Sunday, October 14, 2012

Weekend Music Roundup

It's the end of the week, time to roundup the music listening of the past several days. This week's list is a kind of a random collection of all different genres from various years. There really is no connecting thread whatsoever, but there are two new releases thrown in just to keep it contemporary. I guess I've been a bit of a random mood lately. Hopefully there is something for everyone here. Enjoy.

Piano Magic - The Troubled Sleep of Piano Magic: This London based indie band has been around since the late '90s and continues to release albums. This 2003 album is considered one of their best and I'd been looking forward to hearing it for some time. I've always loved the way they trade off male and female voices on songs. Most of the music here is very dreamy, soft, and beautiful. Though, as the title suggests, there are moments of shoegazer madness that infects the album. It's quite good and definitely a good place to start with this band for those unfamiliar with their work.

Solomon Burke - Rock 'n Soul: This is the Philly soul singer's fourth album, released in 1964. This album is full of classic soul, especially the brilliant "If You Need Me." Though less well known than Otis Redding, Solomon Burke posses the same rich quality to his voice. A fantastic example of '60 soul that did not come out of Motown.

Curren$y & Wiz Khalifa - How Fly: As frequent readers will know, I've been on a huge Curren$y kick lately. He has one of the best flows I've heard in a while. He has a southern rapper flow, but doesn't drag the way many other southern rappers do. On this 2009 mix-tape, he teams up with another rising star, Wiz Khalifa. The duo works great together and there are certainly some amazing tracks on here. The only place where it suffers is on a few toss-off tracks with undeveloped beats. But for a free mix tape, it's better than most hip hop albums out there.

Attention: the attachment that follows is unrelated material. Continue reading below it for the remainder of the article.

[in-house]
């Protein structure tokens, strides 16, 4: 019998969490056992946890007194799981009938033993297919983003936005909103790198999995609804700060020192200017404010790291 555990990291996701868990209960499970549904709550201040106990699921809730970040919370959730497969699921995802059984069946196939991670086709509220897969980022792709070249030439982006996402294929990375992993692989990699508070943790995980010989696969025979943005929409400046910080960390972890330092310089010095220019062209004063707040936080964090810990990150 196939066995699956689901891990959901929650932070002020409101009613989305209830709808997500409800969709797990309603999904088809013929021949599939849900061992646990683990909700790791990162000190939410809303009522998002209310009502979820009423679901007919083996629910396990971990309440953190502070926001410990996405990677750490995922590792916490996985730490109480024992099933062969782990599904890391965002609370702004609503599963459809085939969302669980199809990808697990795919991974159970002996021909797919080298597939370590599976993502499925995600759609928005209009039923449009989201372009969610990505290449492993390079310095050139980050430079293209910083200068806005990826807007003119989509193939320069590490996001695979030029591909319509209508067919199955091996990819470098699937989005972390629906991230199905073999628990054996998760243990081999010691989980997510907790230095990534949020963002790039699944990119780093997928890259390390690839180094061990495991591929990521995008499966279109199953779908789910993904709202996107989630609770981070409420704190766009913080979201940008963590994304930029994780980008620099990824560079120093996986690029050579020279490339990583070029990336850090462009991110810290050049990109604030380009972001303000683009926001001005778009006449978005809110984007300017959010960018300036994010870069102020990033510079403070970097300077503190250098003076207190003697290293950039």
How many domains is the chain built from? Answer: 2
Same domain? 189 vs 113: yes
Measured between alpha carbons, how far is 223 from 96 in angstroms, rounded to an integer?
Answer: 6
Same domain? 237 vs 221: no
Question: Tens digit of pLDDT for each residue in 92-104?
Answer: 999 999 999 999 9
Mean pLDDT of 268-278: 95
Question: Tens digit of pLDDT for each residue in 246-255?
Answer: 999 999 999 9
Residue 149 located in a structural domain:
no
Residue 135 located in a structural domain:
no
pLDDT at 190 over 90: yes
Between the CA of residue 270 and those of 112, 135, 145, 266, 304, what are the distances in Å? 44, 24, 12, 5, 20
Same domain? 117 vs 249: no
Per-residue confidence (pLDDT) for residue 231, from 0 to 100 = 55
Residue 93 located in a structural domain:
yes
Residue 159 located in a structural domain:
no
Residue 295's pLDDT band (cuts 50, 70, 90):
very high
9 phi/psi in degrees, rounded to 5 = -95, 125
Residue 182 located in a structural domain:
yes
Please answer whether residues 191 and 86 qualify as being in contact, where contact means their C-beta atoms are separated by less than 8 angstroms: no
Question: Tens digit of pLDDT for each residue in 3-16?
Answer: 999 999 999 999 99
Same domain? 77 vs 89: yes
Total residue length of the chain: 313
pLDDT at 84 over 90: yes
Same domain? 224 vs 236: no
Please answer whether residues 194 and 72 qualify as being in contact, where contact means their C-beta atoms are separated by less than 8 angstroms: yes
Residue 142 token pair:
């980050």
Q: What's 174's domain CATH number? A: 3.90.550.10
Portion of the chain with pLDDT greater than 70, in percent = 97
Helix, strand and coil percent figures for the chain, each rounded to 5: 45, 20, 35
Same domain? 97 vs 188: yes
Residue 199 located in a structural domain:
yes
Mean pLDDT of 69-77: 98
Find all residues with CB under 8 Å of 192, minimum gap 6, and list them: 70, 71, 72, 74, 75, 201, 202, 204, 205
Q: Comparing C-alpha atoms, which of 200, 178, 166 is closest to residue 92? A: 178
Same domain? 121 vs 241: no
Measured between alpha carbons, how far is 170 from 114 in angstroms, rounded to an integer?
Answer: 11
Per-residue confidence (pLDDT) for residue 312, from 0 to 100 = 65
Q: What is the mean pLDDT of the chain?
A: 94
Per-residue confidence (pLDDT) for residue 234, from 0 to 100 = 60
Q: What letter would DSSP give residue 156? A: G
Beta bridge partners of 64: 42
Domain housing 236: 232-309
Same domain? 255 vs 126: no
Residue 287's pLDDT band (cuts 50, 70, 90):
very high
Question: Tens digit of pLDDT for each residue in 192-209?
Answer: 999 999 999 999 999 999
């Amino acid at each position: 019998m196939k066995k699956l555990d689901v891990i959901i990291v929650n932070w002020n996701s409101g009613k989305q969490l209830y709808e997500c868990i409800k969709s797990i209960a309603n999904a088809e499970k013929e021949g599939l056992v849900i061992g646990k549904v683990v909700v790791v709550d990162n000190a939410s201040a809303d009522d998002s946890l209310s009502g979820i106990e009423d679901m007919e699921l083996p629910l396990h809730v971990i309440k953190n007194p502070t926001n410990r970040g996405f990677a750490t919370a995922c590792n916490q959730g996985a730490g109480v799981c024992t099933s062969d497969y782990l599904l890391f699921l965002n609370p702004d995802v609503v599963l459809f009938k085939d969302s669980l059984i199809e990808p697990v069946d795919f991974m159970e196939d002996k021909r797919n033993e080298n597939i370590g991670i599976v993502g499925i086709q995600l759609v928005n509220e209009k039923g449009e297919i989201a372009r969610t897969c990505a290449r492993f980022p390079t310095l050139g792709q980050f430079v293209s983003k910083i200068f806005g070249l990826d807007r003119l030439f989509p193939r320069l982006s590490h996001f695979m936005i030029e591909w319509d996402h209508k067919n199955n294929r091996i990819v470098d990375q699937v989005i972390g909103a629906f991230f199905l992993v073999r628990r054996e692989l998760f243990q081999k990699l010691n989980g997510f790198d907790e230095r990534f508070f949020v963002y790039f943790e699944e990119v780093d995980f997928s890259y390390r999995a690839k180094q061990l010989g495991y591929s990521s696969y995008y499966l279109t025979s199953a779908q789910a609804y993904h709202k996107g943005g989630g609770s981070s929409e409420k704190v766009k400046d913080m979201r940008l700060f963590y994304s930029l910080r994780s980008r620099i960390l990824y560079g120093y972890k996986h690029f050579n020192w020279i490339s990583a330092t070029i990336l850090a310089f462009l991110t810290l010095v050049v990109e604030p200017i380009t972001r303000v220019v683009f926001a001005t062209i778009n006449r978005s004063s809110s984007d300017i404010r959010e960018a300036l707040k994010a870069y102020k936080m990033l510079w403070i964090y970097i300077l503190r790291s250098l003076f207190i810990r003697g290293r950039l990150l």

Right Away, Great Captain - The Church of the Good Thief: This is the new album from Andy Hull (of Manchester Orchestra) and the third under the Right Away, Great Captain name. A few weeks ago I reviewed the first album and quickly found myself wanting more. These are very scaled back songs, basically just a voice and quiet guitar, but Andy always commits to every song with such passion that his simple songs are never boring. This album builds throughout, becoming quite epic by the end.

Old Crow Medicine Show - Carry Me Back: Released this summer, this is the Nashville bluegrass band's seventh album. It has a great old timey feel to it, and reminds me a bit of a modern Nitty Gritty Dirt Band. In addition to banjo heavy bluegrass, there is a nice y'alternative feel to some of the songs. "Mississippi Saturday Night" and "Genevieve" are stand out tracks. Great for those who like a country roots vibe.

Pinback - Information Retrieved: After five years, the California rockers return with a new album that shows a maturity from 2007's wonderful Autumn of the Seraphs. This is a quieter album than their previous effors, but in that way it reminds me of Fugazi's late '90s evolution. It's a more minimal sound, yet more effective in ways. Some of these songs were part of their two part single from earlier in the year, but I doubt many people heard those. Not sure it lives up to five years of waiting, but it's really good record. 

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